Henry PURCELL (1659-1695)
Dido and Aeneas - Opera in three Acts [55:14]
The Masque of Cupid and Bacchus (from Timon of Athens) [19:16]
Johann Ernst GALLIARD (1687-1749)
Pan and Syrinx - Opera in one Act [57:53]
full singing casts listed at end of review;
Musica ad Rhenum/Jed Wentz
rec. Church of Maria Minor, Utrecht, Netherlands, 13-14 September 2004
texts will be available online
BRILLIANT CLASSICS 94178 [55:14 + 77:09]

Dido and Aeneas is usually recorded on a single disc, and indeed Brilliant Classics have previously made this performance available in that way. This time however they have added a second disc containing another two short operas based on classical themes. Purcell’s Masque of Cupid and Bacchus was written to be included in a performance of Timon of Athens. It concerns the rivalry between love and drinking – little to do with Shakespeare’s original play, perhaps, but entertaining in itself. Pan and Syrinx to a libretto by Lewis Theobald concerns the unsuccessful wooing of Syrinx by the woodland god Pan. It was first performed in 1718, the same year as Handel’s Acis and Galatea which in many ways it resembles. Galliard was born in Germany, like Handel, and both composers came to England. However Galliard’s success in this field was more limited than that of Handel and he became better known as an oboist. I have heard little of his music before so that this opera came as a pleasant surprise. Not that it even begins to match the variety and imagination of Acis and Galatea, but it does have a charm of its own. Like Handel’s masterpiece it makes imaginative use of recorders, but lacks the sheer memorable fibre of that work. Its chief merits are the flow of easy melodies, the brevity of most of the numbers, and a comic interlude for a Sylvan and a Nymph (played by a man). It would be good to see a staged performance but what we have here is sufficient to show its merits even if the English of some of the singers makes the text hard to follow. I understand that the libretto will be available on the Brilliant Classics website in due course which would make this of less importance.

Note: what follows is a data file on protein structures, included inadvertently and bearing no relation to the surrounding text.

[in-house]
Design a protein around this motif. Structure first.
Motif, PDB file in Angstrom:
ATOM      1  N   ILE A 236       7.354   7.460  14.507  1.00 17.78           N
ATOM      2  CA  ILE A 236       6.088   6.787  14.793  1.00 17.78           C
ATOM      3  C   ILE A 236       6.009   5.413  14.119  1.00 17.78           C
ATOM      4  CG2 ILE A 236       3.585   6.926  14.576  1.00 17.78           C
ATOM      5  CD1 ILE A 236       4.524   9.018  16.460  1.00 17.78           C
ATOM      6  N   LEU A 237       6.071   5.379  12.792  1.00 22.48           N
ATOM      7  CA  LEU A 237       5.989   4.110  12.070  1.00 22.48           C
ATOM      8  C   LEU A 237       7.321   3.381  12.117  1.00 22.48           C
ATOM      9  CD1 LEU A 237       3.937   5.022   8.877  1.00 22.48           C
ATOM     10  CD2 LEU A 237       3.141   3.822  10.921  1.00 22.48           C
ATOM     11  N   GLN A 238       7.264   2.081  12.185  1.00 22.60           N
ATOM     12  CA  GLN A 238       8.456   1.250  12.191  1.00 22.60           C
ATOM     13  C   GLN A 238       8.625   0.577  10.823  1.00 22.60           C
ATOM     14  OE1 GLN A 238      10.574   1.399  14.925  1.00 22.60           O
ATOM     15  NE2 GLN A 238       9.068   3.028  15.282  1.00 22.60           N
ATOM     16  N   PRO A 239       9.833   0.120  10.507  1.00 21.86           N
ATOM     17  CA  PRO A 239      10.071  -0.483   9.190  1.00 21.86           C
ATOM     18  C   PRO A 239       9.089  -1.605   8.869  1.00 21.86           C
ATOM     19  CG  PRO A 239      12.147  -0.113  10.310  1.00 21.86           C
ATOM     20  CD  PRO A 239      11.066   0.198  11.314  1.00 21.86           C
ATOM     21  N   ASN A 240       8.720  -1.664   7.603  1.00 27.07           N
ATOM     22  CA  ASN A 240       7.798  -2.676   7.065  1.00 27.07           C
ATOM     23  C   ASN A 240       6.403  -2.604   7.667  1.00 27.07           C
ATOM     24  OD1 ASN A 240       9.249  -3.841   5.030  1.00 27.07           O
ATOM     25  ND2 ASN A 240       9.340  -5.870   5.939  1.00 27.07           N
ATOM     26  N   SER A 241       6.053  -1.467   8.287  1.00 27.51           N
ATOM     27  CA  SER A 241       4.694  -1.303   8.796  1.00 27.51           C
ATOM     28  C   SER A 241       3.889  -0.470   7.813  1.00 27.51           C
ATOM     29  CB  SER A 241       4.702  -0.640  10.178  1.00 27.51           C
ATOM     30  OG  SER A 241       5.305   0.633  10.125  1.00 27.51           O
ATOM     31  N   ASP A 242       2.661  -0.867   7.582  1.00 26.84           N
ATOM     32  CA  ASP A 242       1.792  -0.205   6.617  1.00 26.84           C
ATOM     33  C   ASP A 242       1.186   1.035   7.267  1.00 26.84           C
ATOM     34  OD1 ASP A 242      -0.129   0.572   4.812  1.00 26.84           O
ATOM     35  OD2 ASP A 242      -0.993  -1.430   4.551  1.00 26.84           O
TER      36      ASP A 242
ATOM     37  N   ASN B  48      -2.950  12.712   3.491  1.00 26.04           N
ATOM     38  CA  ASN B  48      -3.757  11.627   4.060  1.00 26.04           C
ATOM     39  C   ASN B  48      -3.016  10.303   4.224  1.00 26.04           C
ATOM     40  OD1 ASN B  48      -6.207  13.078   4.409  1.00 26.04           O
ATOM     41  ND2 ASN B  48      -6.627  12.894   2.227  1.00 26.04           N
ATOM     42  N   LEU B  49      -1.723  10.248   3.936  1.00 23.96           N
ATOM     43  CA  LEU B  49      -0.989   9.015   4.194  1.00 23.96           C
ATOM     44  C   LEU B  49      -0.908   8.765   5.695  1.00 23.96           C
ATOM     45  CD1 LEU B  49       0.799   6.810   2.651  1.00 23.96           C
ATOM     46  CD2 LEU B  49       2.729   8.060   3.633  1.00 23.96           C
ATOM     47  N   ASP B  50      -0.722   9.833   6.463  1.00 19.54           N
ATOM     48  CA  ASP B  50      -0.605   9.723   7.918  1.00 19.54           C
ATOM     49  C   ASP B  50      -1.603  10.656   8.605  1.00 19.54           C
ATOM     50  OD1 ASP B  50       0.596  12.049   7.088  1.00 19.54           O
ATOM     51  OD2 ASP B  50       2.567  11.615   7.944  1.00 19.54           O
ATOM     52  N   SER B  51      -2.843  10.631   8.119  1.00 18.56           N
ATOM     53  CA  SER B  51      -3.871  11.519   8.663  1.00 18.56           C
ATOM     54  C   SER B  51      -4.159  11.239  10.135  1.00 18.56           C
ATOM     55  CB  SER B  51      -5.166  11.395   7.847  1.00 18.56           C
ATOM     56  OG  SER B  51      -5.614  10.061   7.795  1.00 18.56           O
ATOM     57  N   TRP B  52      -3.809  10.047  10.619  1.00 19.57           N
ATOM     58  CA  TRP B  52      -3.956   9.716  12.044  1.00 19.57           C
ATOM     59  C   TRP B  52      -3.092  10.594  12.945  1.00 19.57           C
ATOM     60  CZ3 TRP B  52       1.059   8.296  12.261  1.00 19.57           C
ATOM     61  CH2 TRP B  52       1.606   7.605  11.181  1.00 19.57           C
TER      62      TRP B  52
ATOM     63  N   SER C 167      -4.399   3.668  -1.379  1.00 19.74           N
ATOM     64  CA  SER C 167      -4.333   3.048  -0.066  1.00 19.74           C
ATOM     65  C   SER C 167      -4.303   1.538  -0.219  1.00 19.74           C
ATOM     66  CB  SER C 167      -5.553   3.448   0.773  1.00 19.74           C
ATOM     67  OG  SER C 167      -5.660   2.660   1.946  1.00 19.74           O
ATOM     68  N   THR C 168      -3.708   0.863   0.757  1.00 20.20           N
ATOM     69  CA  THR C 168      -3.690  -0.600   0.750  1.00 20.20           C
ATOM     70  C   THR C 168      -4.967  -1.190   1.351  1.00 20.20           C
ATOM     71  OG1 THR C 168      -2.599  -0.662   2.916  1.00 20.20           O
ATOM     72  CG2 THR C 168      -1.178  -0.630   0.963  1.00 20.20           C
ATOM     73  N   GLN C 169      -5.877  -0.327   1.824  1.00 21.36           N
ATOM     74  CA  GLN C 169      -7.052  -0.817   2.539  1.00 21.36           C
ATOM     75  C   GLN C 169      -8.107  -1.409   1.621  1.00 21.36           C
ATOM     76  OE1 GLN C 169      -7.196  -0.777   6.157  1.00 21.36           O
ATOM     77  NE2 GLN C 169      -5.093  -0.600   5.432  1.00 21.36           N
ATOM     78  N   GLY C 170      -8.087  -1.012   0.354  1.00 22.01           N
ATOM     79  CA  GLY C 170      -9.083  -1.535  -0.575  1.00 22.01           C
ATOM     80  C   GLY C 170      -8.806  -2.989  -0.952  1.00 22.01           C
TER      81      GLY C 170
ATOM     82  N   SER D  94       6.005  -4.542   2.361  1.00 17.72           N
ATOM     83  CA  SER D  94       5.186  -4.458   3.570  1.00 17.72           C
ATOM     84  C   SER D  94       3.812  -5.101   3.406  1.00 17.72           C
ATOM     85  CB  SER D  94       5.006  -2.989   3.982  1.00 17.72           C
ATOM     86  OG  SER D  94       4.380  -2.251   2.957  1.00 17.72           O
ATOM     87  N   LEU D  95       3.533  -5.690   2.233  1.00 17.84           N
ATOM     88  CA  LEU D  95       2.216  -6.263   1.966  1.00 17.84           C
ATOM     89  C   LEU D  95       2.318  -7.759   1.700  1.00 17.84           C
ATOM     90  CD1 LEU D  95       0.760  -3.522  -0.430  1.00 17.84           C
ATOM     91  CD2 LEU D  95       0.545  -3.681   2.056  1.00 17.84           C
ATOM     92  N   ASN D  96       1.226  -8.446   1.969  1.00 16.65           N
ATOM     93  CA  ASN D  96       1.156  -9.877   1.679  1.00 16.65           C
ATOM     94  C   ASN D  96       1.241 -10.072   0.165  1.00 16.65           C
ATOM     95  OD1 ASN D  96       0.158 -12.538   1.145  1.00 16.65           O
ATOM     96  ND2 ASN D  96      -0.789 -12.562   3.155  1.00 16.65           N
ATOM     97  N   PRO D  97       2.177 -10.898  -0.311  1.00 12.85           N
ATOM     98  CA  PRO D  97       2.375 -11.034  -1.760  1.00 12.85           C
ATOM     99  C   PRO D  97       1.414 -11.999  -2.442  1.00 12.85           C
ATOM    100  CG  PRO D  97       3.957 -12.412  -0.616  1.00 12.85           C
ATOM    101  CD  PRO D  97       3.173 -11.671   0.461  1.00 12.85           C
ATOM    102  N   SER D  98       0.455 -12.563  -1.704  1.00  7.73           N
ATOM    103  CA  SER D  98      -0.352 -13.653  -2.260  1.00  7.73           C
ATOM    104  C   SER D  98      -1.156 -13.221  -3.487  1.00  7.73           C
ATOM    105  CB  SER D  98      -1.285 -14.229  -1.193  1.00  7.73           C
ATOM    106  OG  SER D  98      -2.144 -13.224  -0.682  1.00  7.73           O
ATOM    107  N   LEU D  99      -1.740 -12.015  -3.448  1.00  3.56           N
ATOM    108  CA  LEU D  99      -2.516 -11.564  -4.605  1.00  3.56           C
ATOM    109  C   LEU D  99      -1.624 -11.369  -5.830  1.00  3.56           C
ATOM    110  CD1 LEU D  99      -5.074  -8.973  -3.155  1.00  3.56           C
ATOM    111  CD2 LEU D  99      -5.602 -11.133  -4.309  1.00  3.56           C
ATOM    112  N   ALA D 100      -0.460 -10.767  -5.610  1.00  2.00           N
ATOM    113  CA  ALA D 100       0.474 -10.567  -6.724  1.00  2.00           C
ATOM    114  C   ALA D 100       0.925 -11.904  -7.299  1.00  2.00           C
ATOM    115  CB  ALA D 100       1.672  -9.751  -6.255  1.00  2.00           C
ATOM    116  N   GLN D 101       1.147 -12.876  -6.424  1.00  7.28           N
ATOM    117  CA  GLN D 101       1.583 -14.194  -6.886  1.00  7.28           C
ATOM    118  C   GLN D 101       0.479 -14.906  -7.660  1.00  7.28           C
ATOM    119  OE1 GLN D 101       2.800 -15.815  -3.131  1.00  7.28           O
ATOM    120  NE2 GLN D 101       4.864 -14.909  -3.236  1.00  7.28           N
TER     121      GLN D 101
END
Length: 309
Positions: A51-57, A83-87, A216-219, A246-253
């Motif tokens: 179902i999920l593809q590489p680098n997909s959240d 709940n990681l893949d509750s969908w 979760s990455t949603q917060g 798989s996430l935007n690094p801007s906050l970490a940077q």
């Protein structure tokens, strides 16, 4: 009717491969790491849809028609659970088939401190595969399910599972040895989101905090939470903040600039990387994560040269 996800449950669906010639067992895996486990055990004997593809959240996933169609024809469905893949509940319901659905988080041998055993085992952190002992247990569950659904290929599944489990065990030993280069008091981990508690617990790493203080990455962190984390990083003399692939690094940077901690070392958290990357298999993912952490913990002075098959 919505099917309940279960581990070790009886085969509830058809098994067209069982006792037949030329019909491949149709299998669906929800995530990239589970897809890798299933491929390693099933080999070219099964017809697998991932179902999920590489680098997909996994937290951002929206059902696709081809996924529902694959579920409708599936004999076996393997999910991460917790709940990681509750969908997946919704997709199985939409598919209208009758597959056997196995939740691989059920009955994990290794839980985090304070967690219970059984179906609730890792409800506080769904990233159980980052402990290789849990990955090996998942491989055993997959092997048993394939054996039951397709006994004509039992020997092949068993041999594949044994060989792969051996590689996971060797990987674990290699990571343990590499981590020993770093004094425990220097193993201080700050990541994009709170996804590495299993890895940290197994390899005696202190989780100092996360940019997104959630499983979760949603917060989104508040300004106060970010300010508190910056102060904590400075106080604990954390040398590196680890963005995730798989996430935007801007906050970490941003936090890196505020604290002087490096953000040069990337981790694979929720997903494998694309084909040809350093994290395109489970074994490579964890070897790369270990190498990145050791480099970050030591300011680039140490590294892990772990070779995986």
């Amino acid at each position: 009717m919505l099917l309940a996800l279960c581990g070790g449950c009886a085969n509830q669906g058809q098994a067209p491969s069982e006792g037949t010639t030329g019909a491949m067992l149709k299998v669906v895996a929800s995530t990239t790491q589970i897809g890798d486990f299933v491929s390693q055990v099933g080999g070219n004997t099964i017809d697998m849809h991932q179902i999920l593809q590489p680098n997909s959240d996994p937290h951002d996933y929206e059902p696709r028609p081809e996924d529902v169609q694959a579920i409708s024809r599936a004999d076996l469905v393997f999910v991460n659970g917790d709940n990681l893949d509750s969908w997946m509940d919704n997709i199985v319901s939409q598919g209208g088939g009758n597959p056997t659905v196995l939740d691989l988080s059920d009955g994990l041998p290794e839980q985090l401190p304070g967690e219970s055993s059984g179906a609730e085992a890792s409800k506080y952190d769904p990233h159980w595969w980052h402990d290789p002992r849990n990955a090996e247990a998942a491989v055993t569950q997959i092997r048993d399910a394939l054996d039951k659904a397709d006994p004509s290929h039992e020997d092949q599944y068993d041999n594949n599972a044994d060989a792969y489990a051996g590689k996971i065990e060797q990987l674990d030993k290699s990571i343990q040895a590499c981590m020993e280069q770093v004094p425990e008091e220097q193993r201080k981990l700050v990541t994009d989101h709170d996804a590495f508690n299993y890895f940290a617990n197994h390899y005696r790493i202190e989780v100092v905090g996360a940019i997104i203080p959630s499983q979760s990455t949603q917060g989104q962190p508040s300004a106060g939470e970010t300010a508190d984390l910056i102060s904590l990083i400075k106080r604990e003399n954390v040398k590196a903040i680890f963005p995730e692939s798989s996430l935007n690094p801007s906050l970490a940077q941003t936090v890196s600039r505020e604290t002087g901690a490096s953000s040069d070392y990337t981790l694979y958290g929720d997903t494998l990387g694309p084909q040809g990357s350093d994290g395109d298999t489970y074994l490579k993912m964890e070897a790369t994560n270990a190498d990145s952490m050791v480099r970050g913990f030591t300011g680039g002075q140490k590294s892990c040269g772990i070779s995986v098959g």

I would expect, however, that most potential purchasers would be lured by Purcell’s great masterpiece and would treat the companion disc as essentially a bonus, especially as the set it available at super-budget price. Dido and Aeneas gets off to a very promising start, with Music ad Rhenum - one instrument to a part (unlike the Galliard) - giving a wonderfully tangy and vigorous performance of the Overture. Indeed throughout the work it is the orchestra’s contribution that is most noteworthy, with real bounce and feeling for the subtlety of the rhythms and for Purcell’s harmonic language. The soloists are more variable, with an excellent Dido and Belinda and a somewhat ineffectual Aeneas - although that may be deliberate as the character is himself ineffectual. Although I understand that most are not native English speakers this is not obvious in this work; indeed there is a clear attempt to rethink some of the “traditional” emphases to make Tate’s unfairly maligned libretto work better. The chorus are less good in this respect, and suffer from apparently being recorded in a different acoustic; this is not a serious problem. Like several earlier recordings of the work it includes some of the sections of text included in the 1689 publication where Purcell’s music either does not survive or was never written. Other works by Purcell have been used to fill most of the gaps - apart from the Prologue - but unfortunately these sources are not listed in the notes. It is interesting to hear how the opera might have been presented originally, and this too adds to the sense of freshness which is felt throughout.

The brief Masque from Timon of Athens is full of charming and entertaining music that is seldom heard in concerts. It completes an interesting and thought-provoking pair of discs. Perhaps this performance of Dido and Aeneas is unlikely to be a first choice for a library, but it has just the kind of merits and raises the kind of questions that make it ideal as a supplement to one of the more obvious first choices.

John Sheppard



Dido and Aeneas
Dido – Nicola Wemyss (mezzo)
Aeneas – Matthew Baker (baritone)
Belinda – Francine van der Heijden (soprano)
Second Woman – Penni Clarke (soprano)
Sorceress – Helene Rasker (alto)
Witches – Maaike Poorthuis (mezzo) and Yong-Hee Kim (mezzo)
Spirit – Rowena Simpson (soprano)
Sailor - Richard Zook (tenor)

Pan and Syrinx
First Witch – Maaike Poorthuis (mezzo)
Syrinx – Johannette Zomer (soprano)
Pan – Marc Pantus (baritone)
Diana – Nicola Wemyss (mezzo)
Sylvan – Mitchell Sandler (bass)
Nymph – Richard Zook (tenor)

Cupid and Bacchus
Nymphs – Pauline Graham (soprano) and Nicola Wemyss (mezzo)
Follower of Cupid – René Steur (bass)
Cupid – Penni Clarke (soprano)
Bacchus – Marc Pantus (baritone)
Followers of Bacchus – Mitchell Sandler (bass), Hugo Naessens (counter-tenor), Richard Zook (tenor) and Joost van der Linden (tenor)

This Dido has just the kind of merits and raises the kind of questions that make it ideal as a supplement to one of the more obvious first choices.